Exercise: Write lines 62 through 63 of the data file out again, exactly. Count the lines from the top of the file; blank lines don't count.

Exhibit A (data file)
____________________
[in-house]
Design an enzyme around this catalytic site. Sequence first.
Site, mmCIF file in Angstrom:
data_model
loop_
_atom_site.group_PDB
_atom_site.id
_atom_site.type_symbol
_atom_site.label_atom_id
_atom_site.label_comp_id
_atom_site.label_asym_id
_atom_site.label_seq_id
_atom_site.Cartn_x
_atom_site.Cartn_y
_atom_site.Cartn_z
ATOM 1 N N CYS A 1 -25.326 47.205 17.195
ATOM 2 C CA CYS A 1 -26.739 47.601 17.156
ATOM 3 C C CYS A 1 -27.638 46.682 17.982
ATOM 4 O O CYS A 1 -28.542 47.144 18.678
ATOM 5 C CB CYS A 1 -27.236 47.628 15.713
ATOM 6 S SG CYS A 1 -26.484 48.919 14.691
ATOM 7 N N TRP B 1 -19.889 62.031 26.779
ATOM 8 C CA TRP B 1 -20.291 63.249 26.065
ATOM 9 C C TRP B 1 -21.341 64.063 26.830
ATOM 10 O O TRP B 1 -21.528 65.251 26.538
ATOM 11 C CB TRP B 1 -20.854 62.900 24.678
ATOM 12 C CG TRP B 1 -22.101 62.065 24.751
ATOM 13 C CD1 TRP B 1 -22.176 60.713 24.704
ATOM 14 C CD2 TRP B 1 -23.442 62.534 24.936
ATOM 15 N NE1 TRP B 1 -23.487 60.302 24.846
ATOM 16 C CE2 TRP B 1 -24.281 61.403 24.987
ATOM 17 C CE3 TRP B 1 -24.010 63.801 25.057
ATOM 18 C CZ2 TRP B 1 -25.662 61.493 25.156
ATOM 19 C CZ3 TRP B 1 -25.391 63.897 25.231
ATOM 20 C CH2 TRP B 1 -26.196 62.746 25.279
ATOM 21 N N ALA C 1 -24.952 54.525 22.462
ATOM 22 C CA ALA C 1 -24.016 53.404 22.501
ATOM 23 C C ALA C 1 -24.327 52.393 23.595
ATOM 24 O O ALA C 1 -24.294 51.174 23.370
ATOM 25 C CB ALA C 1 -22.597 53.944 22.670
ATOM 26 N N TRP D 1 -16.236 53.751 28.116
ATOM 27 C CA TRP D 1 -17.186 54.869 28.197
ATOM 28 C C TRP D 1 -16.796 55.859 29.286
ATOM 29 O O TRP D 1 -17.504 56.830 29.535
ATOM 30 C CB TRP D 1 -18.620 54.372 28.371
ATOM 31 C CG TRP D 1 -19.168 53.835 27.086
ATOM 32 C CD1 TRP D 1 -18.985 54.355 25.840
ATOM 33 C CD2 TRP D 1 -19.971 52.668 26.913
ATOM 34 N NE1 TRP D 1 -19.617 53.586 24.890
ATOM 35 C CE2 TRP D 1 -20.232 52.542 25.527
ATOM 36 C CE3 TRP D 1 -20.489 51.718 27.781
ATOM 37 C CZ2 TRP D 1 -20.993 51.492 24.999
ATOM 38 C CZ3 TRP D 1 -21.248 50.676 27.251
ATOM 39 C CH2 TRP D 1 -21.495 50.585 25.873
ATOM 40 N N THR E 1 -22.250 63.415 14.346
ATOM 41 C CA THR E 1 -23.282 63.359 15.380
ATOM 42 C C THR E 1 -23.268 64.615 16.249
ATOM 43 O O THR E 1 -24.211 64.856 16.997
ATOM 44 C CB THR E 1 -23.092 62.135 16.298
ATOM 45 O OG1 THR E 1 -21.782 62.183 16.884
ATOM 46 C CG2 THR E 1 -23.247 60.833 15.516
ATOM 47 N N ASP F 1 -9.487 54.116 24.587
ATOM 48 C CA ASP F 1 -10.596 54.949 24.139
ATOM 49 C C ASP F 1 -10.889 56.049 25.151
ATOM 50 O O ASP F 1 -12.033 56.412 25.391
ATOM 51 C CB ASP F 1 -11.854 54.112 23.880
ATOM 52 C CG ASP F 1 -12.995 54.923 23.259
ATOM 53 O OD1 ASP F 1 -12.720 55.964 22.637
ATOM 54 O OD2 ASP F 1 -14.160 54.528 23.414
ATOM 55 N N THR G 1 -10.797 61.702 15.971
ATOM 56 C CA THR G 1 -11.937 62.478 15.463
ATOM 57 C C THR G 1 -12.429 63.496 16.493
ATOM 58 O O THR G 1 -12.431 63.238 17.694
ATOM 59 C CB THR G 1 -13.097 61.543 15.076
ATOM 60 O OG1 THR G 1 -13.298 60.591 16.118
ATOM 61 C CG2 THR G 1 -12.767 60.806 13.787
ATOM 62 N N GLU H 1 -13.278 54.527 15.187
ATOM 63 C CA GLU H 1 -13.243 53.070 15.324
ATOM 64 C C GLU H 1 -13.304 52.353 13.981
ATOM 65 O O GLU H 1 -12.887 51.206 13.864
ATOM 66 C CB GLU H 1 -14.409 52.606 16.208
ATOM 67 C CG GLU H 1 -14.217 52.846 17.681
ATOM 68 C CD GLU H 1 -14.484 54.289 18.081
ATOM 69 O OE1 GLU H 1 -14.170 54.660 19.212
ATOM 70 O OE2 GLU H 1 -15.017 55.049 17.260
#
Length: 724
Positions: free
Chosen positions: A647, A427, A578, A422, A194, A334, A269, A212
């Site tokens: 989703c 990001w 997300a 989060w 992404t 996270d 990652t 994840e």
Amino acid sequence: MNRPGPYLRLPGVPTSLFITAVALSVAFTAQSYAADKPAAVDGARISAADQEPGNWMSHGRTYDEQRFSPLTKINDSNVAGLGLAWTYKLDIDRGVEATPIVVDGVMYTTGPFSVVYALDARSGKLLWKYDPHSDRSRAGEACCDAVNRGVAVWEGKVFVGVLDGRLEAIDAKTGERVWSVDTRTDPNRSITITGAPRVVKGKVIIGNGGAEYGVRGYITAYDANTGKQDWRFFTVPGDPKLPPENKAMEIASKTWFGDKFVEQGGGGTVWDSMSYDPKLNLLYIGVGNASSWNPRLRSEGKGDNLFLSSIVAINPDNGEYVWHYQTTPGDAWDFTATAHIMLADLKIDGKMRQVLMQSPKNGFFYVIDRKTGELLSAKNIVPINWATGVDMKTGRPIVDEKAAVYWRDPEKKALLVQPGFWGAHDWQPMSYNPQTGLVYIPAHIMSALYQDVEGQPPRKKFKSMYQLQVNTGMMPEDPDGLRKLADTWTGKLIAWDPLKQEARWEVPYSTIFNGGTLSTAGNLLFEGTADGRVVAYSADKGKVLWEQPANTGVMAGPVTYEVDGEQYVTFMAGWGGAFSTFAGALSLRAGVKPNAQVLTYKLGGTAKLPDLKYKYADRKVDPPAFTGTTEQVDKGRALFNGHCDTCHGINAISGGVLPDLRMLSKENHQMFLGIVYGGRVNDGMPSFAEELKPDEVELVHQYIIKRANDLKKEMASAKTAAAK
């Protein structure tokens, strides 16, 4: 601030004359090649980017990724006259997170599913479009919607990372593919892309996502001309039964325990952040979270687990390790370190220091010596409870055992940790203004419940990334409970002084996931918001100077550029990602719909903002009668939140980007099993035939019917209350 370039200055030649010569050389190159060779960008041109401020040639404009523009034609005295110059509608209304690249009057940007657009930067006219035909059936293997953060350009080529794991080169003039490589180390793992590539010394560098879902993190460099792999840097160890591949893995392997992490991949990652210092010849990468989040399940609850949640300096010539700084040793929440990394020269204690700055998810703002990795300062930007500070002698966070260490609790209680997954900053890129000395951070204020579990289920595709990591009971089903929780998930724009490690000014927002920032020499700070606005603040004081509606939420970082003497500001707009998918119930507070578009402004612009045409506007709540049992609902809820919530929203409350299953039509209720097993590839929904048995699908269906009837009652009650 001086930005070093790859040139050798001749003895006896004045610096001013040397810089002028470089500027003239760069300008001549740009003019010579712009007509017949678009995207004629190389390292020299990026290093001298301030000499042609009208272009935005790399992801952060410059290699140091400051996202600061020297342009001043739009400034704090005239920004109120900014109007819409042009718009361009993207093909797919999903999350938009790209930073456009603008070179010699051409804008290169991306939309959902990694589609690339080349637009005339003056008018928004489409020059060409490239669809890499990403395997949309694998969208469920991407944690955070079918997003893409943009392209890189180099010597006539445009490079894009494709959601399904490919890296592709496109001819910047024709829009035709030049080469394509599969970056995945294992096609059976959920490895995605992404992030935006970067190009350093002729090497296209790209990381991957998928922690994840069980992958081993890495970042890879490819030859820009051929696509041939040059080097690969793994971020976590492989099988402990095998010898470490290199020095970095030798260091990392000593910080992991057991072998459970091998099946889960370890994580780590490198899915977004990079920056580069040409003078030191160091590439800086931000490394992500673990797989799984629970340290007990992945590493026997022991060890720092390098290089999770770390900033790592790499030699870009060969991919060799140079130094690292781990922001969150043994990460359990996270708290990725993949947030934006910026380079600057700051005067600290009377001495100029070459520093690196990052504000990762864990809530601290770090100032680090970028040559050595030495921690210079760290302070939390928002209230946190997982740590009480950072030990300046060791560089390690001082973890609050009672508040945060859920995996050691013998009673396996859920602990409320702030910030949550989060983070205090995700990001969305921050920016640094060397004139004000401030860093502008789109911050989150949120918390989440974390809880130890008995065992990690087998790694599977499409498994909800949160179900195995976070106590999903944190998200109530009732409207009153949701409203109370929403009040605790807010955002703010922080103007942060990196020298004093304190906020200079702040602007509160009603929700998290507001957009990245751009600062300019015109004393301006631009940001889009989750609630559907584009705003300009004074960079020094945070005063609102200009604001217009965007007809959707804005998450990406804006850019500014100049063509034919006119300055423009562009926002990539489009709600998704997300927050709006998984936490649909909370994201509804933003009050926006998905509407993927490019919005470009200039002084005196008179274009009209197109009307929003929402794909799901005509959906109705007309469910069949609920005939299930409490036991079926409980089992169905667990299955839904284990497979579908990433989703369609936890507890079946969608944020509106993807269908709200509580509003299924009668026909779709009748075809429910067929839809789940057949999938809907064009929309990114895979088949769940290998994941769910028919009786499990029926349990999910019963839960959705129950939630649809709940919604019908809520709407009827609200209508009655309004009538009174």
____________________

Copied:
ATOM 47 N N ASP F 1 -9.487 54.116 24.587
ATOM 48 C CA ASP F 1 -10.596 54.949 24.139